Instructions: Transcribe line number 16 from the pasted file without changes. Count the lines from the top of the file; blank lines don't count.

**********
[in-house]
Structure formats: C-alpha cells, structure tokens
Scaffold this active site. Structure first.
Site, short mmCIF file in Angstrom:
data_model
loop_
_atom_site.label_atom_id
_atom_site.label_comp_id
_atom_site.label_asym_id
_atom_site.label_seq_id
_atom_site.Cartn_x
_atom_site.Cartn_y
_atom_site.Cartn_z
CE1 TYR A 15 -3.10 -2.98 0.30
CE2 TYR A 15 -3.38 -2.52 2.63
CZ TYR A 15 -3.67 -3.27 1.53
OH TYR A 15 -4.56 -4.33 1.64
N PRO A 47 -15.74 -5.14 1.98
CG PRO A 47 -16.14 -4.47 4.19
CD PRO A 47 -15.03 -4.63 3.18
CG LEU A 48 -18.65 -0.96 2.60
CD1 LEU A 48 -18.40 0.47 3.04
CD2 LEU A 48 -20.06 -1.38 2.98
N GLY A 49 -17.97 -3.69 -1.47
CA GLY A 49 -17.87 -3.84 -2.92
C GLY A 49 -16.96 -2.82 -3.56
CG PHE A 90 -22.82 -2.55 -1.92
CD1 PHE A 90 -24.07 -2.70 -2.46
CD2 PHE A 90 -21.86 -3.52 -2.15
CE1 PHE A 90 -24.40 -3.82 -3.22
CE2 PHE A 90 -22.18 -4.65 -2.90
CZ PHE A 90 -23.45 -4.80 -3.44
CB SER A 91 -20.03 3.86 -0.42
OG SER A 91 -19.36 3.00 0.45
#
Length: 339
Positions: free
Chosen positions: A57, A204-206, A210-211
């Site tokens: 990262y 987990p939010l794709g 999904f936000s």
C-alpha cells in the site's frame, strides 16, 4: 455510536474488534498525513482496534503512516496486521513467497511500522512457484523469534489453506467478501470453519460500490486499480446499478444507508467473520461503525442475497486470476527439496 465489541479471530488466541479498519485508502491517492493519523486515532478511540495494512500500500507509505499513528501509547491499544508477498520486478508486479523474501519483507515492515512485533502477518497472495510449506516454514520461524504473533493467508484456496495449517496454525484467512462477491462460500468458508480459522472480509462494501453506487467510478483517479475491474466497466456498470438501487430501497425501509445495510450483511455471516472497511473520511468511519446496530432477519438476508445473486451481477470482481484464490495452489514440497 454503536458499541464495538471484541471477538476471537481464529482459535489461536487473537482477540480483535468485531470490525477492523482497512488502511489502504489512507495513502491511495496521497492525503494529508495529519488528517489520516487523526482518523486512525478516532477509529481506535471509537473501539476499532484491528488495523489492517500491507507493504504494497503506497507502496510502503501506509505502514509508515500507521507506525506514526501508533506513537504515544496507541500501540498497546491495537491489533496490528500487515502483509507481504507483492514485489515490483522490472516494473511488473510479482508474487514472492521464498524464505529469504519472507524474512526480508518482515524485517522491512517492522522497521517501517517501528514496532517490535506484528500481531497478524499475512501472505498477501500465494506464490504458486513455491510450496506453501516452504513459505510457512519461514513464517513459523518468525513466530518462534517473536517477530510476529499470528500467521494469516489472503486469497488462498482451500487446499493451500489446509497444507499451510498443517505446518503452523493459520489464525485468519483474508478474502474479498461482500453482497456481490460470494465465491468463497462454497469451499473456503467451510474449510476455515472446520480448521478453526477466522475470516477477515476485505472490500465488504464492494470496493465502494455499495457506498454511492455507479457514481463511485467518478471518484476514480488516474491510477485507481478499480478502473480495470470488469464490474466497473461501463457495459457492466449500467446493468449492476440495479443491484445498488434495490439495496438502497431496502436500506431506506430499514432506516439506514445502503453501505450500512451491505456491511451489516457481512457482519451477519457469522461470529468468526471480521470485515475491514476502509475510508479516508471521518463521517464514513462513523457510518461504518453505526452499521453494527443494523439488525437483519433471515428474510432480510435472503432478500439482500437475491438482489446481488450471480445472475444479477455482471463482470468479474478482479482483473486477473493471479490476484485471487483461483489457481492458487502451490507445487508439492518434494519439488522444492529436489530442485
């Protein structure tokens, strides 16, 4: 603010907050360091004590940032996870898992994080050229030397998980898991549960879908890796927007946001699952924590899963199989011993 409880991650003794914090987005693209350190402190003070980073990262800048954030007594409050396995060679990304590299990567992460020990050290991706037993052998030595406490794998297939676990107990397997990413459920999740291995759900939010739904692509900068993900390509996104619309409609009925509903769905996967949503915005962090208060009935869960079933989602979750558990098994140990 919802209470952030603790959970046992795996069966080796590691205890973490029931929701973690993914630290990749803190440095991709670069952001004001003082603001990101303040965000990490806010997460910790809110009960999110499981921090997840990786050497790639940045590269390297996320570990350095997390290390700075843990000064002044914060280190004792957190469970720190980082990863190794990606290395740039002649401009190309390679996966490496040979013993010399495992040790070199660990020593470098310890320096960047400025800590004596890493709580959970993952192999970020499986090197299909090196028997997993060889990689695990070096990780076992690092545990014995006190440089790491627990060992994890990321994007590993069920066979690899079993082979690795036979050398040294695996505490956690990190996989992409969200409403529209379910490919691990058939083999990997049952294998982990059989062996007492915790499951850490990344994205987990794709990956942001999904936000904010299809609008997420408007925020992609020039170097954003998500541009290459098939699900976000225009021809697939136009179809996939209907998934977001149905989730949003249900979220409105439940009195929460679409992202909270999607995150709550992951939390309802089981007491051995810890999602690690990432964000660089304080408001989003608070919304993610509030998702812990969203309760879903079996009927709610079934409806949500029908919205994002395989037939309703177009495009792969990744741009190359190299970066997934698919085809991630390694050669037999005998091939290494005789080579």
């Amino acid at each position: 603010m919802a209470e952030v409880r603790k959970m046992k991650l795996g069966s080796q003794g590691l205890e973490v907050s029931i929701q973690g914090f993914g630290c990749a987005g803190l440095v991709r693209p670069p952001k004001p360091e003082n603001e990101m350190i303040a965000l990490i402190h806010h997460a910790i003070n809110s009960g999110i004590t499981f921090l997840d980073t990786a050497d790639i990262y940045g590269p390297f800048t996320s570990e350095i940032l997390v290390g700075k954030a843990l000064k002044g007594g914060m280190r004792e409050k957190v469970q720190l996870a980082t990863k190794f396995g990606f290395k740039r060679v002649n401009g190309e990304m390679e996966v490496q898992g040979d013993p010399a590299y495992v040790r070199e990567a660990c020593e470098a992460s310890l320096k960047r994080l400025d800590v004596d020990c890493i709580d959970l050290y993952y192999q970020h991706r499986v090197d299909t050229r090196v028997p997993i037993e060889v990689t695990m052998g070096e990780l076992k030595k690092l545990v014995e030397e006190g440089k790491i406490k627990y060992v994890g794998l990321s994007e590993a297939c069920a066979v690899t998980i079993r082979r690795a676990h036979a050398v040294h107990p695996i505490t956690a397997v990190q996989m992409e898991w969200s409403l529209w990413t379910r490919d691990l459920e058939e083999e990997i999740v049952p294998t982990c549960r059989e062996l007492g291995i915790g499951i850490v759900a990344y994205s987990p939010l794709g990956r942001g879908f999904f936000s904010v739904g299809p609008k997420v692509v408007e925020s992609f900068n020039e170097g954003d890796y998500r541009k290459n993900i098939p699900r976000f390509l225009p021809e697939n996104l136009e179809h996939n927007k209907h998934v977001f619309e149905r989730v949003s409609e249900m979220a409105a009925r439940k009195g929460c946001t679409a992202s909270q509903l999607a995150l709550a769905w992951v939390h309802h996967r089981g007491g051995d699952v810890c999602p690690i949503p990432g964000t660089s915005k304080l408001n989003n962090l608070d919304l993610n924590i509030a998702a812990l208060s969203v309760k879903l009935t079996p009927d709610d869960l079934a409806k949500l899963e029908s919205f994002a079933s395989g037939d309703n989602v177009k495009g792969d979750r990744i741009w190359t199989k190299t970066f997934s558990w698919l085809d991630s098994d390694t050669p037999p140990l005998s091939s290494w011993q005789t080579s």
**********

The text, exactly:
CZ TYR A 15 -3.67 -3.27 1.53